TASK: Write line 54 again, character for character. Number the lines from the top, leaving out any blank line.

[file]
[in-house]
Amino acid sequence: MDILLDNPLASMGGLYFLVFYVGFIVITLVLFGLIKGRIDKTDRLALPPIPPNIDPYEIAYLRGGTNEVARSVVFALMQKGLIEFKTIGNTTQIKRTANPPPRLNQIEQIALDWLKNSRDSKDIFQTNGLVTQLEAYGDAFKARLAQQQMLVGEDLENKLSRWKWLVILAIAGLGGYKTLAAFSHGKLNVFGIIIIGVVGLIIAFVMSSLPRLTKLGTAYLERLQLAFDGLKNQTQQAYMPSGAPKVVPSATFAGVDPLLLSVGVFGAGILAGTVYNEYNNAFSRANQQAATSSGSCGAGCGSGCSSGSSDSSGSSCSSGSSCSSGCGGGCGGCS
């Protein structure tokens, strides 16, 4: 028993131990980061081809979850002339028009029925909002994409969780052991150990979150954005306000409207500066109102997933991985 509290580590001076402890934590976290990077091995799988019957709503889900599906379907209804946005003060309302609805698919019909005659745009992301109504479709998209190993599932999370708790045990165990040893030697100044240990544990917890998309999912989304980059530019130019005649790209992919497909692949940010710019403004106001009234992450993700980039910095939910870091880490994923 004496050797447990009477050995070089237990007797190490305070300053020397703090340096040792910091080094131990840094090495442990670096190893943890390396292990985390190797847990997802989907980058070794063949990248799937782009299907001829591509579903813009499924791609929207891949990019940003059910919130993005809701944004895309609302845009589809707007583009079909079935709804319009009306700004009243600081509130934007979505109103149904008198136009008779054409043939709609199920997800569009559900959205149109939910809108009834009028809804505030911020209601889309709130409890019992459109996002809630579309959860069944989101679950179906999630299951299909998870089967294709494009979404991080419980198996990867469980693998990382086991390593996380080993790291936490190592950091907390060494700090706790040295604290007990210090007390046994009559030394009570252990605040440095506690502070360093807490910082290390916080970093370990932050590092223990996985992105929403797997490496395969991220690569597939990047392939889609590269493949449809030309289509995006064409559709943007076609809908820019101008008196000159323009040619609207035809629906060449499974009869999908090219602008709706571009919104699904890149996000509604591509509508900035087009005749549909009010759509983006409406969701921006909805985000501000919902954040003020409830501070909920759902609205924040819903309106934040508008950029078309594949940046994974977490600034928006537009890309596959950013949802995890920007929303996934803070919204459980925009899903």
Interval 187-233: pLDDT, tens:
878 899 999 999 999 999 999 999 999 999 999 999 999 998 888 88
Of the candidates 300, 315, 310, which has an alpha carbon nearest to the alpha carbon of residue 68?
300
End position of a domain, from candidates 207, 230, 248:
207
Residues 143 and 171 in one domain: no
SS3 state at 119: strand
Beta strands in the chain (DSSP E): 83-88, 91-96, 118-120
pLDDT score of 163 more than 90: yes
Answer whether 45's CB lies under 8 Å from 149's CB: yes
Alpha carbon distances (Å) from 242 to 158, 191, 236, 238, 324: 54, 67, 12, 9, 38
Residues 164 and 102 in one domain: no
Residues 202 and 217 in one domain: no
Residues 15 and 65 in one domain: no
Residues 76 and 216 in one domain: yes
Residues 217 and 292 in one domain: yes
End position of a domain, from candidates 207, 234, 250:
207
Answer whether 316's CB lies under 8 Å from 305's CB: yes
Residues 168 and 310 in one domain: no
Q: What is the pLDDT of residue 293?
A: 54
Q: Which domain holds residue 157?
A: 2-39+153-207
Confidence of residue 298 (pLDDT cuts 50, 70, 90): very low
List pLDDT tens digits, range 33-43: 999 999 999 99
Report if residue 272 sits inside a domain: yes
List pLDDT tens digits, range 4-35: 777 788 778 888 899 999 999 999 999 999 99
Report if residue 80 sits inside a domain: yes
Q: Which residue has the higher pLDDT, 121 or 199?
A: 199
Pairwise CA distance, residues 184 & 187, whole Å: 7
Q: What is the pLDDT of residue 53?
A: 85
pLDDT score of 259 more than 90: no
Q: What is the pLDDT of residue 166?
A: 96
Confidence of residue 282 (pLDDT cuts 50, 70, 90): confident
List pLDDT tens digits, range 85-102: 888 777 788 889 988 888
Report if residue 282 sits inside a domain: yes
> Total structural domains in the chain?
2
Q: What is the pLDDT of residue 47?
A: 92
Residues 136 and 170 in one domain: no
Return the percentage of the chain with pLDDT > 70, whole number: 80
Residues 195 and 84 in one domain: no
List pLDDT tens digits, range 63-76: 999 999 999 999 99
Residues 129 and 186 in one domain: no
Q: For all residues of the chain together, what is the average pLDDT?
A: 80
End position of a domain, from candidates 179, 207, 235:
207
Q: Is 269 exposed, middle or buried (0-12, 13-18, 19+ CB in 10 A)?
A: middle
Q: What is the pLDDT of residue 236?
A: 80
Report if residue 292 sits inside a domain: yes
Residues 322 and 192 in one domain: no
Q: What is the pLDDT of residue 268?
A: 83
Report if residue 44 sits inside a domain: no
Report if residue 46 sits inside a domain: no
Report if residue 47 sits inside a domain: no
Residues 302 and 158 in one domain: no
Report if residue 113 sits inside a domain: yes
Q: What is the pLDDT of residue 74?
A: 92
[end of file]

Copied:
Q: For all residues of the chain together, what is the average pLDDT?